How did you turn that corner?
There wasn’t anybody cultivating or creating these curated experiences for the community locally. It was always only for “tastemakers” or “influencers.” Within the past year or two, “community” became cool—it’s all about the people who are engaged and authentically into the arts.

Was there one turning point that helped you realize you were on the right track?
The Miami Flea was definitely one of those—we had 4,000 people at the first one! Also, Wynwood Yard—we decided to do two special events a month that have now become an event series because of the feedback.

How have the artists responded?
The bands come to us and say, “We wait for your calls; it’s the only time we feel like people in Miami care about our music.”

What is a cool, local band people should know about?
Nu Deco Ensemble—they are doing Daft Punk, Radiohead. They are Miami’s 21st-century orchestra.

Ana Navarro


Top, Vionnet ($569). theoutnet.com. Necklace, Eddie Borgo ($225). The Webster, 1220 Collins Ave., Miami Beach, 305-674-7899. Jewelry, Navarro’s own

As a successful female, Hispanic, Republican strategist and political commentator, Ana Navarro is an anomaly. The funny, outspoken CNN contributor made the 2016 election year her year.

You started your career as a lawyer. How did you end up in media?
It just happened. It’s very important to be aware and cognizant of the doors and opportunities that open to you.

Was there one particular event that led you in this direction?
I was in my third year of law school and Congress passed the Illegal Immigration Reform and Immigrant Responsibility Act (IIRIRA). It made tens of thousands of Nicaraguans and South Americans immediately deportable with no legal recourse. We ended up suing the immigration service and getting legislation passed called the Nicaraguan Adjustment and Central American Relief Act (NACARA).

What do you love most about your job?
You are getting paid to talk and give your opinions, something I would do for free. I love being able to exchange opinions with some of the sharpest political minds in the country.

Do you feel your career climb was more difficult as a woman?
I’m a woman, I’m Hispanic, I’m an immigrant, so I’m sure I’ve been discriminated against somehow, somewhere along the way. But I’ve really never stopped to let it bother me.

A lot of political talk has been focused on the “Hispanic vote.” What are your views on this?
The part that most people misunderstand about the Hispanic community and vote is that we [are not] one, homogeneous group that engages in groupthink. There are important differences within the Hispanic community.

What gives you the most hope in regards to the younger generation?
I love speaking with college students because it’s so easy to become cynical in the political world, and young people are full of enthusiasm and want to make a difference.

Philanthropy philosophy:
“I’m very supportive of [my alma mater], the Carrollton School of the Sacred Heart, because I think educating young women is very important. Those nuns can get me to do anything!”

Dr. Felicia Marie Knaul, PHD

Dr. Felicia Marie Knaul PHD

Dress and jewelry, Knaul’s own

As the director of the Miami Institute for the Americas, a professor at the University of Miami Miller School of Medicine, founder of an NGO in Mexico, and a full-time advocate for cancer, the devoted activist (and new Magic City resident) Felicia Marie Knaul is already making our city a healthier place.

You wear many hats. How do you manage your time?
I live my work. A lot of the advocacy and research I do is around cancer, a disease that I also live with, and that actually makes time management easier. I’m pretty good at doing the elliptical, [checking] email, and reading papers at the same time.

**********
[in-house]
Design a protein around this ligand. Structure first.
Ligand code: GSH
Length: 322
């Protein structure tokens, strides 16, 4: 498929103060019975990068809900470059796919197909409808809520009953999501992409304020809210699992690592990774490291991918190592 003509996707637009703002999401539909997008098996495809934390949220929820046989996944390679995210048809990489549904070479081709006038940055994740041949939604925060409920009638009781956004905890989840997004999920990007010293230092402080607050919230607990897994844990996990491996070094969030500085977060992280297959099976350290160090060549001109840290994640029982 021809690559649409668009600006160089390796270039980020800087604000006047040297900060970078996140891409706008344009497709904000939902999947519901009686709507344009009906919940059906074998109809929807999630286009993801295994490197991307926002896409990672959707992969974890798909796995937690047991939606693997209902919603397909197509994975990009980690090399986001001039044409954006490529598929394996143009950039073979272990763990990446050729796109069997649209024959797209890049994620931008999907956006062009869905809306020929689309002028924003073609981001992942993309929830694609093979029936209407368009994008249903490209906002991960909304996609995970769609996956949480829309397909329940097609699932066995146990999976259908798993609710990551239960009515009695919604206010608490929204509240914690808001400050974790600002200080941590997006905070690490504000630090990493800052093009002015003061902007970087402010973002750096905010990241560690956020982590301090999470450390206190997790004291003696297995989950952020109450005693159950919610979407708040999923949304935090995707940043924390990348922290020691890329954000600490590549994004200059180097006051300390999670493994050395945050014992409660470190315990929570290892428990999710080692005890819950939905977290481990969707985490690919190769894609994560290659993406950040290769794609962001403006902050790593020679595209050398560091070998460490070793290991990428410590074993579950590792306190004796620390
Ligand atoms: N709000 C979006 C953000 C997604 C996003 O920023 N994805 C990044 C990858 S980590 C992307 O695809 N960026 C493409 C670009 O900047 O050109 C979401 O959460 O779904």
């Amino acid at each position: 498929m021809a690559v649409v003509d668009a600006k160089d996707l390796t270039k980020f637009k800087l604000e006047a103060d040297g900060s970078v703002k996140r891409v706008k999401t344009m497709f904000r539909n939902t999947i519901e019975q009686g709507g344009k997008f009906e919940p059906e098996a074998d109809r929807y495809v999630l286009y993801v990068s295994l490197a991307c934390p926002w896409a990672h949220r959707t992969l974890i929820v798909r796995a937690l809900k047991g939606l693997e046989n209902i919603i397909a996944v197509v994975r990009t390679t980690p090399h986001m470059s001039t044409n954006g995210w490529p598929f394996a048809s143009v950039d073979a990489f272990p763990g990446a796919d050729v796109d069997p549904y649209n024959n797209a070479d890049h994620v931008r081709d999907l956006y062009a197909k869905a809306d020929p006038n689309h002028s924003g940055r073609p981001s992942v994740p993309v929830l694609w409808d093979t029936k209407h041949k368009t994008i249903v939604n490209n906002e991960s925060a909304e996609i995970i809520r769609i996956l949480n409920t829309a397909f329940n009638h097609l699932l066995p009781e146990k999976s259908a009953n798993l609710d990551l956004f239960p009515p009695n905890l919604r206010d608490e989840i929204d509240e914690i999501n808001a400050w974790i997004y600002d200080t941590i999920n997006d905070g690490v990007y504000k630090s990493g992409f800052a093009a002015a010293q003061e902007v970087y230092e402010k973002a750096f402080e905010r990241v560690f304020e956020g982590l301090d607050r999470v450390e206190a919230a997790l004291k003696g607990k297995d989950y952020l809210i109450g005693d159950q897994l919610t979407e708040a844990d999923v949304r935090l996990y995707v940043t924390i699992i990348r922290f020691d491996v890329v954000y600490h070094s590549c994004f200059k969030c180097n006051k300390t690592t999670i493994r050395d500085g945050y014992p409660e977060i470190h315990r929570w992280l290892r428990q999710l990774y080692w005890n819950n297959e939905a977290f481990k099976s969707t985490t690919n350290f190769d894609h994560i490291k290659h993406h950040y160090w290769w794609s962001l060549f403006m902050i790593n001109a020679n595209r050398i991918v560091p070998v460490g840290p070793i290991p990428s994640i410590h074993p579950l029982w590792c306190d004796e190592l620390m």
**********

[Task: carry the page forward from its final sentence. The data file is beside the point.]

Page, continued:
What was one defining moment of your career?
Working for the Colombian government on the health reform with President [César] Gaviria.

You study breast cancer in low-income societies. What do people need to know about this topic?
One of my main projects is about access to pain control and palliative care, one of the world’s greatest unknown, hidden injustices. The war against illicit use of drugs has meant that we’ve kept particularly poor countries and poor people from accessing what they need.

You recently came to UM from Harvard. What do you like most about Miami?
There are wonderful, interesting things to do all the time—outdoors, art, theater... The whole Latin and Caribbean environment makes it incredibly interesting.

You and your husband (University of Miami President Dr. Julio Frenk) both secured prominent positions at UM. Was that difficult?
These moves are complicated, but the typical way that we have done it—and professional couples do it—is you consider whether or not there are two independent jobs available.

Was it even more difficult as the woman in the equation?
The real challenge here is that there is a glass ceiling that is hard to break through for women. Until there is equal paternity leave—and men are penalized if they don’t take their paternity leave—everybody is going to be taking maternity leave… What that means in the labor market is that it’s always costlier to hire a woman than a man.

Philanthropy philosophy:
“My father was a Holocaust survivor who died at 60 from a concentration camp-related cancer. The thought that the only way to bring some kind of peace or justice to what our family had lived is what inspired me to think about the injustices that others around the world are facing.”

Lucy Morillo


Dress, Jonathan Simkhai ($795). Neiman Marcus, Bal Harbour Shops, 9700 Collins Ave., 305-865-6161. Earrings, Giorgio Armani ($1,195). Miami Design District, 174 NE 39th St., 786-501-7215. Jewelry, Morillo’s own

As president and CEO of Miami Children’s Health Foundation, Lucy Morillo is tasked with supporting one of Miami’s largest employers, Nicklaus Children’s Hospital, and since her arrival has helped the foundation increase its annual fundraising from $4 million per year to $71.5 million.